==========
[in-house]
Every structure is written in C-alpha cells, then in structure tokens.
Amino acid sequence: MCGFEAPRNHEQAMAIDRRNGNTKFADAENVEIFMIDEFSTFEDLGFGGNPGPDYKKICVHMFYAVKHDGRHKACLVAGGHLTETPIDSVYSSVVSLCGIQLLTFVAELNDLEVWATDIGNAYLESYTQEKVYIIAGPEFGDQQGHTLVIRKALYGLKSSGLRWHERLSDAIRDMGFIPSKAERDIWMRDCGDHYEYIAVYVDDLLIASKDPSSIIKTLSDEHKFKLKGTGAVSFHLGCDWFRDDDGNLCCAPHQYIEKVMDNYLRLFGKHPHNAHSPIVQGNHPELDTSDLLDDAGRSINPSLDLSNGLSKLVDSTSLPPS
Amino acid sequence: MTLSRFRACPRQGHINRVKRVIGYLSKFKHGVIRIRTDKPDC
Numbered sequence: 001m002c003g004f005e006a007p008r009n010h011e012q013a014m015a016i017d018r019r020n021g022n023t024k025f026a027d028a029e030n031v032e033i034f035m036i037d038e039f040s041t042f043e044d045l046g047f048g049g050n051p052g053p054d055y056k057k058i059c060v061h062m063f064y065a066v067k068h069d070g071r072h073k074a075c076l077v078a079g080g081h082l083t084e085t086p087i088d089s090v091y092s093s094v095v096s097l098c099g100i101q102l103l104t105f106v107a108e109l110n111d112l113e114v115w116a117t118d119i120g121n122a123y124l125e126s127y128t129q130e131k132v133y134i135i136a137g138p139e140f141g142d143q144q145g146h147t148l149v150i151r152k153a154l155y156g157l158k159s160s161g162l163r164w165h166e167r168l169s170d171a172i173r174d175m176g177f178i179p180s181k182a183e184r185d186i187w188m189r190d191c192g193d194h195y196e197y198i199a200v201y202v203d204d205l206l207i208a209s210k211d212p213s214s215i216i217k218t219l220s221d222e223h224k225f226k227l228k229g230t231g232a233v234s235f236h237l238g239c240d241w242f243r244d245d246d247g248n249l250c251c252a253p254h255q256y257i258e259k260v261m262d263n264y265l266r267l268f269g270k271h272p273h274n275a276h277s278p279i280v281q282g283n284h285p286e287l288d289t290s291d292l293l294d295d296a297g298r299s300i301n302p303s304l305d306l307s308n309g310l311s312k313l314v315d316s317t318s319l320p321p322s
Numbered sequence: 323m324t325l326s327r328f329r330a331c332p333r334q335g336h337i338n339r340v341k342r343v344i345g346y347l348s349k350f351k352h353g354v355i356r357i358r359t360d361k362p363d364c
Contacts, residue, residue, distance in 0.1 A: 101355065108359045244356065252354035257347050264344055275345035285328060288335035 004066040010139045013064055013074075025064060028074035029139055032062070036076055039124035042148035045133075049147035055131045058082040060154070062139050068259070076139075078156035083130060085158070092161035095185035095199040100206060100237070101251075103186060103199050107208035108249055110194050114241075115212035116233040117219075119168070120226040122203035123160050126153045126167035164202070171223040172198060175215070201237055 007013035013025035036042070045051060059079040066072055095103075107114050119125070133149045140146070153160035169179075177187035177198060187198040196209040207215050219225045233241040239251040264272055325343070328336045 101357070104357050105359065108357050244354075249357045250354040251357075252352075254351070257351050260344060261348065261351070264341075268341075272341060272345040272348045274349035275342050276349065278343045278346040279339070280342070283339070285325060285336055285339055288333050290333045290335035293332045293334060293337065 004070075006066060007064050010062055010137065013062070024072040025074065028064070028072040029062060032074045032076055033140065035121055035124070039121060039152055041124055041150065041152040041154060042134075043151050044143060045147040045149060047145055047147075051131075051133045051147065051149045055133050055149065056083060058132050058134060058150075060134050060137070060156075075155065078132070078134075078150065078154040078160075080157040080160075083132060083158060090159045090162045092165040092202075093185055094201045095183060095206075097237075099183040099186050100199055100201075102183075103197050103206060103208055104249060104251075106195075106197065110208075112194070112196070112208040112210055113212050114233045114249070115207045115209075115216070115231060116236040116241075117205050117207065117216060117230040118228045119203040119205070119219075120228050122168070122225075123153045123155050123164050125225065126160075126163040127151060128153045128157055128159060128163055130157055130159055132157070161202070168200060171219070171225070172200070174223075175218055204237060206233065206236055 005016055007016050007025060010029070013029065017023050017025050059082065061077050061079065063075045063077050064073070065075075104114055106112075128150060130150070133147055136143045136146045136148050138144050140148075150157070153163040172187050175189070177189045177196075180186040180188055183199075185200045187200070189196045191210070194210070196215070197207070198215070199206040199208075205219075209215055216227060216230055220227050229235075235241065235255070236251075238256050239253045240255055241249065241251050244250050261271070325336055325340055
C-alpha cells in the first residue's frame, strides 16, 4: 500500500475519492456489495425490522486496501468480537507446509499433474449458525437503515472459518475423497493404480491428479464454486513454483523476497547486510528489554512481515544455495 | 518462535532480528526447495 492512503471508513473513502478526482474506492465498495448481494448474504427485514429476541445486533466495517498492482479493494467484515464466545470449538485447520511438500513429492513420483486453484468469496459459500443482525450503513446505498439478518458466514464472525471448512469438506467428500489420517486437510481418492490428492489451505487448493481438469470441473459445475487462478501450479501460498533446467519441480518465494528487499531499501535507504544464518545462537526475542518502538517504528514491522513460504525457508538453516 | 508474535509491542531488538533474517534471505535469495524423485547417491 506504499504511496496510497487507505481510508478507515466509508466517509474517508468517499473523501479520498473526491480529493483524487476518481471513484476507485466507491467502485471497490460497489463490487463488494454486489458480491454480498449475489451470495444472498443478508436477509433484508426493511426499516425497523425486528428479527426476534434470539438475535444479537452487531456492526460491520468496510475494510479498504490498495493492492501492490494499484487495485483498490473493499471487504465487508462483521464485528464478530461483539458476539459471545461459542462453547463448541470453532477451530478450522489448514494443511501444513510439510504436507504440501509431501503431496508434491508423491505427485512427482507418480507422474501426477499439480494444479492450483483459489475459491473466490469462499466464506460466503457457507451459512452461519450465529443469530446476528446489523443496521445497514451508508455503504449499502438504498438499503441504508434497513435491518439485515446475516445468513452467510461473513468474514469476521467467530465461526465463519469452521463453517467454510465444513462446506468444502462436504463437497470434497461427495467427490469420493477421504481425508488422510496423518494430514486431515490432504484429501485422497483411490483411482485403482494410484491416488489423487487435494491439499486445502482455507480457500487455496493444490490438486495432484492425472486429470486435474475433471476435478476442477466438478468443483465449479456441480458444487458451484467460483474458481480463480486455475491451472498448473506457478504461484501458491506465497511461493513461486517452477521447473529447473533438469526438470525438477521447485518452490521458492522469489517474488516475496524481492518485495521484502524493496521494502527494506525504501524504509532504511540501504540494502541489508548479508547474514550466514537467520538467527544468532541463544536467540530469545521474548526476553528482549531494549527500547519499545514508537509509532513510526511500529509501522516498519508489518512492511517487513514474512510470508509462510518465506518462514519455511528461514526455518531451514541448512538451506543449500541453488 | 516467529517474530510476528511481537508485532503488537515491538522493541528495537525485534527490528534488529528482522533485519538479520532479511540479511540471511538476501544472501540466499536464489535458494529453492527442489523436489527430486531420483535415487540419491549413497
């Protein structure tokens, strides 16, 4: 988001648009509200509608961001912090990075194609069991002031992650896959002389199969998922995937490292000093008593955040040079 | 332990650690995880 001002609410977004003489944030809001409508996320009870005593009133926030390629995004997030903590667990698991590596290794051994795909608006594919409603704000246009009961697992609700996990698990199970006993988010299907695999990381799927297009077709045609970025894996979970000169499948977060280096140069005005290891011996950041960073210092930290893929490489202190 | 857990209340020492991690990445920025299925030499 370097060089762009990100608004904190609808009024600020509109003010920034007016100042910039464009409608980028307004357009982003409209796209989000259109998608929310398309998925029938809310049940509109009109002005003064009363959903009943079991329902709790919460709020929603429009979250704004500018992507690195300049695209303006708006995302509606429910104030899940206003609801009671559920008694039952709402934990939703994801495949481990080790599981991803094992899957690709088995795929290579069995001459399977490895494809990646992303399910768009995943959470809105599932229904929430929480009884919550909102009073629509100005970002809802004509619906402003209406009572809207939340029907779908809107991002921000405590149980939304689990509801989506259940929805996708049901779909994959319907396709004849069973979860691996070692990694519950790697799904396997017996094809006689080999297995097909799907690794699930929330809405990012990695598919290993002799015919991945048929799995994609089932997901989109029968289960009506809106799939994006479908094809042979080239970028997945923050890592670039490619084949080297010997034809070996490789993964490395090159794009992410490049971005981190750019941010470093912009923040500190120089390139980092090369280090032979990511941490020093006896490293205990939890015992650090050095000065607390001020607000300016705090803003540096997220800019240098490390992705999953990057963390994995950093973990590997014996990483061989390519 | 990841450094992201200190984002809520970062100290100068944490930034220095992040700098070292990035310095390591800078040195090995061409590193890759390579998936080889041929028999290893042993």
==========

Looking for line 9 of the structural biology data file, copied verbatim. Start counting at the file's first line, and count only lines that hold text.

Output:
């Protein structure tokens, strides 16, 4: 988001648009509200509608961001912090990075194609069991002031992650896959002389199969998922995937490292000093008593955040040079 | 332990650690995880 001002609410977004003489944030809001409508996320009870005593009133926030390629995004997030903590667990698991590596290794051994795909608006594919409603704000246009009961697992609700996990698990199970006993988010299907695999990381799927297009077709045609970025894996979970000169499948977060280096140069005005290891011996950041960073210092930290893929490489202190 | 857990209340020492991690990445920025299925030499 370097060089762009990100608004904190609808009024600020509109003010920034007016100042910039464009409608980028307004357009982003409209796209989000259109998608929310398309998925029938809310049940509109009109002005003064009363959903009943079991329902709790919460709020929603429009979250704004500018992507690195300049695209303006708006995302509606429910104030899940206003609801009671559920008694039952709402934990939703994801495949481990080790599981991803094992899957690709088995795929290579069995001459399977490895494809990646992303399910768009995943959470809105599932229904929430929480009884919550909102009073629509100005970002809802004509619906402003209406009572809207939340029907779908809107991002921000405590149980939304689990509801989506259940929805996708049901779909994959319907396709004849069973979860691996070692990694519950790697799904396997017996094809006689080999297995097909799907690794699930929330809405990012990695598919290993002799015919991945048929799995994609089932997901989109029968289960009506809106799939994006479908094809042979080239970028997945923050890592670039490619084949080297010997034809070996490789993964490395090159794009992410490049971005981190750019941010470093912009923040500190120089390139980092090369280090032979990511941490020093006896490293205990939890015992650090050095000065607390001020607000300016705090803003540096997220800019240098490390992705999953990057963390994995950093973990590997014996990483061989390519 | 990841450094992201200190984002809520970062100290100068944490930034220095992040700098070292990035310095390591800078040195090995061409590193890759390579998936080889041929028999290893042993």